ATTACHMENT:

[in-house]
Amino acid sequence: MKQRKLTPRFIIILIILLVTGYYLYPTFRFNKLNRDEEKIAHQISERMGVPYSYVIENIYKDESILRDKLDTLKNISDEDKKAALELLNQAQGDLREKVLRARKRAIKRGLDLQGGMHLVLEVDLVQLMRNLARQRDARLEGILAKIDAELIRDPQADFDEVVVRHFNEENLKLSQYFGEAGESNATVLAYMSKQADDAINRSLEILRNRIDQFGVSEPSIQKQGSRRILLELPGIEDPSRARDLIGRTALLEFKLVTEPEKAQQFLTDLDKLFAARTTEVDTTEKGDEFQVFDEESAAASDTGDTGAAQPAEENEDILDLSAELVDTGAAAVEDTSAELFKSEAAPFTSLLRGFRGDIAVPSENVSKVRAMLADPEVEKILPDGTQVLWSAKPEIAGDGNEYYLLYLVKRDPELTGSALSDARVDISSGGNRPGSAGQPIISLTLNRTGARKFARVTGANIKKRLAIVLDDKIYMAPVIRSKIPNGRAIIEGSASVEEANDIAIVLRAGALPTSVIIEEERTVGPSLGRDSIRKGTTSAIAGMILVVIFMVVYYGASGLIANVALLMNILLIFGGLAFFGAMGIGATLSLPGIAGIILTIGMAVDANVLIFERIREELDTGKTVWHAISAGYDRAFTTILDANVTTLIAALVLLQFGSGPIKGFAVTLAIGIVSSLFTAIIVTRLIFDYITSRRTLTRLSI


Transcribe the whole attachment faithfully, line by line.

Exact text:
[in-house]
Amino acid sequence: MKQRKLTPRFIIILIILLVTGYYLYPTFRFNKLNRDEEKIAHQISERMGVPYSYVIENIYKDESILRDKLDTLKNISDEDKKAALELLNQAQGDLREKVLRARKRAIKRGLDLQGGMHLVLEVDLVQLMRNLARQRDARLEGILAKIDAELIRDPQADFDEVVVRHFNEENLKLSQYFGEAGESNATVLAYMSKQADDAINRSLEILRNRIDQFGVSEPSIQKQGSRRILLELPGIEDPSRARDLIGRTALLEFKLVTEPEKAQQFLTDLDKLFAARTTEVDTTEKGDEFQVFDEESAAASDTGDTGAAQPAEENEDILDLSAELVDTGAAAVEDTSAELFKSEAAPFTSLLRGFRGDIAVPSENVSKVRAMLADPEVEKILPDGTQVLWSAKPEIAGDGNEYYLLYLVKRDPELTGSALSDARVDISSGGNRPGSAGQPIISLTLNRTGARKFARVTGANIKKRLAIVLDDKIYMAPVIRSKIPNGRAIIEGSASVEEANDIAIVLRAGALPTSVIIEEERTVGPSLGRDSIRKGTTSAIAGMILVVIFMVVYYGASGLIANVALLMNILLIFGGLAFFGAMGIGATLSLPGIAGIILTIGMAVDANVLIFERIREELDTGKTVWHAISAGYDRAFTTILDANVTTLIAALVLLQFGSGPIKGFAVTLAIGIVSSLFTAIIVTRLIFDYITSRRTLTRLSI